Oracle Corporation Slammed By Federal Court For Cheating Employees

Alicemarie_H._Stotler_District_Judge.jpg
Stotler
A high-ranking federal court handed good news today to California's labor pool.

The U.S. Court of Appeals for the Ninth Circuit has overturned an Orange County Republican federal judge who'd granted Oracle Corporation summary judgement against employees who claimed the company had systematically cheated them.

According to the federal panel, Santa Ana-based U.S. District Judge Alicemarie H. Stotler, appointed to the bench by President Ronald Reagan in 1984, misapplied California labor law designed to prevent companies from avoiding overtime pay.

The 12-page opinion written by Judge William A. Fletcher noted that both the Ninth Circuit and the California Supreme Court believe that Stotler, a former Orange County deputy district attorney, had erred by siding with Oracle's practice of refusing to pay overtime to certain employees who were required to travel extensively across the nation and work longer than 40 hours a week.

The ruling wasn't a total victory for the cheated employees, however. Fletcher and his colleagues said their opinion applies only to wages the company avoided paying for work performed in California.

Oracle, a multinational corporation with annual revenues topping $36 billion, provides computer hardware and software services.

--R. Scott Moxley / OC Weekly

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4 comments
Jim Stalewski
Jim Stalewski

Not all of the three summary judgments were overturned by the 9th circuit.  One was affirmed in full.  Isn't telling only part of the story, deliberately leaving out key bits of information, one of the many ways to lie?  Of course, full disclosure would not support the inflammatory statement that the judge "... sided with Oracle's practice of refusing to pay overtime ..." would it?

The alleged party affiliation of the federal judge on the case is irrelevant.  What is the party affiliation of the ninth ciruit panel who affirmed one of the summary judgments, and who appointed those justices to the court of appeals?  That is just as relevant as the alleged affiliation of the judge on the case, and who appointed her to the bench.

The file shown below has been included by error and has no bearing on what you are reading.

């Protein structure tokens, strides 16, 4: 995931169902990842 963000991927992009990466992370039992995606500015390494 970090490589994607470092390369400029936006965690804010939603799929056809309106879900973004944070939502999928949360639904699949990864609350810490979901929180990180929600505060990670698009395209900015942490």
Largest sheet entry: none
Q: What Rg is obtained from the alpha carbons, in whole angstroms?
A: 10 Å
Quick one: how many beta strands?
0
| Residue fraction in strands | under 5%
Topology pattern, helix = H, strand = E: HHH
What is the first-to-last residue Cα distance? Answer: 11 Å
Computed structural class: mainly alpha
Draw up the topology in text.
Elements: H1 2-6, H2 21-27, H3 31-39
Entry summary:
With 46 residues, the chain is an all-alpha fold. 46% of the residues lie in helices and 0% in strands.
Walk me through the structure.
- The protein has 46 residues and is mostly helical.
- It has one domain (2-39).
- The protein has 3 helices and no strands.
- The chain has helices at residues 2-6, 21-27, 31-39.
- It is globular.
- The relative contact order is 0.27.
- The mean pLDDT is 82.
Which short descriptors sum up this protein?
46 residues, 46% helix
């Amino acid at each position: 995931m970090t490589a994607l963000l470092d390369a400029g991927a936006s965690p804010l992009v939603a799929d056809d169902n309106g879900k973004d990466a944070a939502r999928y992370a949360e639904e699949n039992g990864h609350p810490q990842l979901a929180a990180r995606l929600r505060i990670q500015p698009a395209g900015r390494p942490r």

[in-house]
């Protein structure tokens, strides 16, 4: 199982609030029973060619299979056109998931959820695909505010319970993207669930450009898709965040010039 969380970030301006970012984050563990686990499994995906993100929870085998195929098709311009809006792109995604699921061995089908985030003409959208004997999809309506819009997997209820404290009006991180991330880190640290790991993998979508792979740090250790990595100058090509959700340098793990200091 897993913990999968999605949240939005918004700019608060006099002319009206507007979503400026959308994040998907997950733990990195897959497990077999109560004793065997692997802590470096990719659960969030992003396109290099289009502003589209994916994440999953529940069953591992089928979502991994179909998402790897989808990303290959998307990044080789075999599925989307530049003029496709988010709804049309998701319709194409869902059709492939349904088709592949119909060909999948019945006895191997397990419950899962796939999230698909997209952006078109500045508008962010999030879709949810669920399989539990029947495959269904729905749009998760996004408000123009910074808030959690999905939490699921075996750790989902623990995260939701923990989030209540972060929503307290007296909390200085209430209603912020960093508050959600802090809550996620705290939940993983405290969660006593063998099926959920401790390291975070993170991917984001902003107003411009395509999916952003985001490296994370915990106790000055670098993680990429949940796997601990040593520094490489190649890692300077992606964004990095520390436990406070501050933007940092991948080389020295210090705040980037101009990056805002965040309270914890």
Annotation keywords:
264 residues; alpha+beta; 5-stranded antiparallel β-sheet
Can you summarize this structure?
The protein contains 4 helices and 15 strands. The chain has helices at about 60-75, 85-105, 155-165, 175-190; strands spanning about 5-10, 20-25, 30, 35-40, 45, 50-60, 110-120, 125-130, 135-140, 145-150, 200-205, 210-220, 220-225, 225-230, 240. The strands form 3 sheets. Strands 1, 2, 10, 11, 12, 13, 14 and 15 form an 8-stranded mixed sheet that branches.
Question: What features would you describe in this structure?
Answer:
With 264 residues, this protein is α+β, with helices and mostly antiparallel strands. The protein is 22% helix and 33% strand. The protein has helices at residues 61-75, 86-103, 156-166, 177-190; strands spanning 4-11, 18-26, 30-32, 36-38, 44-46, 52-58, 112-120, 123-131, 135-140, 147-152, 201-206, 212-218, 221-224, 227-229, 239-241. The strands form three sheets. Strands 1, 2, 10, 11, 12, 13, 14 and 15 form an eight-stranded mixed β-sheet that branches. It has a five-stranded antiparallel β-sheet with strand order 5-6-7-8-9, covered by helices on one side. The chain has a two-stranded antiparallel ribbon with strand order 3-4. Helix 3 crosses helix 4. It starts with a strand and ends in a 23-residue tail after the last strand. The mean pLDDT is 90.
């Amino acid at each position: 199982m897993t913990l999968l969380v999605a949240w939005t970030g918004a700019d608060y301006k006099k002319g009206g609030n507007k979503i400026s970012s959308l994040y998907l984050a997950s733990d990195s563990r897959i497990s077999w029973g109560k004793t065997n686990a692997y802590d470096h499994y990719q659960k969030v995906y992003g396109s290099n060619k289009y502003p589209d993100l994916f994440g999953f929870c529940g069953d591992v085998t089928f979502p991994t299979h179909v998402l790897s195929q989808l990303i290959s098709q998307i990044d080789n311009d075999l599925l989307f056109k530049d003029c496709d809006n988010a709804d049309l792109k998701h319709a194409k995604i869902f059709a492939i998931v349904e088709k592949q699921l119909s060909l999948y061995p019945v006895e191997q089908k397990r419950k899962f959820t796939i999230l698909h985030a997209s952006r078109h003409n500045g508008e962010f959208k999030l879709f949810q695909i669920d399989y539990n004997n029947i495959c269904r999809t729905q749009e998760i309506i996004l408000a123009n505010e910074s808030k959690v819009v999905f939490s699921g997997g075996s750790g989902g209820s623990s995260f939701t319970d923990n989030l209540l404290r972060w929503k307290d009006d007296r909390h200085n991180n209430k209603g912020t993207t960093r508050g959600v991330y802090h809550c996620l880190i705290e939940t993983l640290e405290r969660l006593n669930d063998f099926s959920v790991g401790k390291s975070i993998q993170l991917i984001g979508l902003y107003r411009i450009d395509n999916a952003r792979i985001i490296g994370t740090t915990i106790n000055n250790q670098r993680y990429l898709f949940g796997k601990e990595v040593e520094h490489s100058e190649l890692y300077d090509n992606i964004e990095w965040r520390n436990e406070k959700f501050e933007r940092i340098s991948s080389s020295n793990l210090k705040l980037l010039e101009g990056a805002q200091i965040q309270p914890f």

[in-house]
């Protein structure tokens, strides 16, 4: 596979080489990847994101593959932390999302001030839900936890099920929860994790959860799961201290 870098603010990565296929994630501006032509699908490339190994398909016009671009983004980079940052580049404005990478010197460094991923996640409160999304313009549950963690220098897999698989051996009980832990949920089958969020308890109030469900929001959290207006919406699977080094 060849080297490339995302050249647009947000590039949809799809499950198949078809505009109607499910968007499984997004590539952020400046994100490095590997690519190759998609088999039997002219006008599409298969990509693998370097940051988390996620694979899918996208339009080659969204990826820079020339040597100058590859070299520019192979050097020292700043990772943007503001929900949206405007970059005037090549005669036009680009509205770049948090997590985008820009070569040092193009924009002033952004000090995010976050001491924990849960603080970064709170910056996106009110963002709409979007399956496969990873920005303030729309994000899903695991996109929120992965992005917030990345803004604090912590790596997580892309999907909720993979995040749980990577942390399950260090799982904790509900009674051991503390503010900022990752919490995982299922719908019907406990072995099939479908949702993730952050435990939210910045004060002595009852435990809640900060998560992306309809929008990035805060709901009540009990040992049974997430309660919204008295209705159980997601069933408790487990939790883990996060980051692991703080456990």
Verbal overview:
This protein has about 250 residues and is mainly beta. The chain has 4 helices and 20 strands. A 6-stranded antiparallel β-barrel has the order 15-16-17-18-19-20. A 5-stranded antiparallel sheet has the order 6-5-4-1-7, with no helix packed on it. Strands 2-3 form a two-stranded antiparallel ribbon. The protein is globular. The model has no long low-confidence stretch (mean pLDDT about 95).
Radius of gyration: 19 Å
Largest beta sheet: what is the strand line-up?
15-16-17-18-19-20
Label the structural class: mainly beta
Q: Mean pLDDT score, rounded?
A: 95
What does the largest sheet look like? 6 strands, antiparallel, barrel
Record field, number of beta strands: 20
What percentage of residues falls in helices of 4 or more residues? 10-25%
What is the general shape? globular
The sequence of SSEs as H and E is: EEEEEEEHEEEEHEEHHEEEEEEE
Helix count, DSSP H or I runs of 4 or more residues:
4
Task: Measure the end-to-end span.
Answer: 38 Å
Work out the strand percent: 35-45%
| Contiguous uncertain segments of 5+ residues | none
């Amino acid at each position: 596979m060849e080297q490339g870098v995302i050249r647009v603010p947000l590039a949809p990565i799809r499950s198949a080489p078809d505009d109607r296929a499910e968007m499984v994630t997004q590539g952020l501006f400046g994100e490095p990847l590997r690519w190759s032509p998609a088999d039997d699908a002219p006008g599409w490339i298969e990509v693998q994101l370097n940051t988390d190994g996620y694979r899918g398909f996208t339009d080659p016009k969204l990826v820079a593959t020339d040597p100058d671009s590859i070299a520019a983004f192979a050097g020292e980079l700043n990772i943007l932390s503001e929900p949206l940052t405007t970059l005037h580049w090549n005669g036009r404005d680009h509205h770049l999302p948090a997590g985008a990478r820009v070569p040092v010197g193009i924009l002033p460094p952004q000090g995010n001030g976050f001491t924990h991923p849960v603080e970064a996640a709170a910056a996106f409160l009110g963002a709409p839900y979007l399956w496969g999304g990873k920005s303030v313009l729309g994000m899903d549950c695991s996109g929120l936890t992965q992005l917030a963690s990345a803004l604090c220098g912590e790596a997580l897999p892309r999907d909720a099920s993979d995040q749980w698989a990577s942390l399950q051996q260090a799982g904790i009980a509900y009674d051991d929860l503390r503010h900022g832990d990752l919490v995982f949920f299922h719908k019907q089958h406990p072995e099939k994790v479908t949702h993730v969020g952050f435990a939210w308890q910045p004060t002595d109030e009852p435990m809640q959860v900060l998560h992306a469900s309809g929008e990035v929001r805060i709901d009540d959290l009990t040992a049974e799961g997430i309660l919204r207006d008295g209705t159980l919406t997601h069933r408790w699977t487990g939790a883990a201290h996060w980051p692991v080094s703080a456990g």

The only thing that is relevant is whether or not they followed the rule of law in a fair and impartial manner.  Judges are not perfect and their judgments are overturned or remanded all the time, but that does not mean they are necessarily biased - it just means they made a mistake.  For you to imply lack of impartiality based on party affiliation, simply because she erred interpreting the law of the case on two of the three counts, in the opinion of the 9th circuit panel, is shameful. 

It is possible for this to go past the 9th circuit, because they are not perfect either, and their decision may be overturned as well.  If that happens, how will you report on that event?  I'm guessing you'd point out all the foibles of Clarence Thomas and highlight the latest speaking engagement of Justice Roberts, but speak in glowing terms about Justice Sotomayor's dissenting opinion, if you follow the pattern established in this report.

bigpicture
bigpicture

Oh No! there have never been any bribed judges, there have never been any sent to prison for taking under the table graft.  They are as pure and white as the driven snow.  So don't try and make it seem impartial and pure interpretation of the law.

public bizmail
public bizmail

Jim,

Please post again.  Make your meaning clear in the opening 25 words

 Your current post is the very model of an unconvincing, opaque blog post.

 Are you a lawyer who doesn't get out much?

Bill T.
Bill T.

Um, possibly an honest judge, if no compensation passed as a result of the judgement she apparently stayed bought. Or possibly honest in her pendejismo, she didn't need to be paid to be anti-little guy. In any case appears to be a pendeja, I'm just quibbling.

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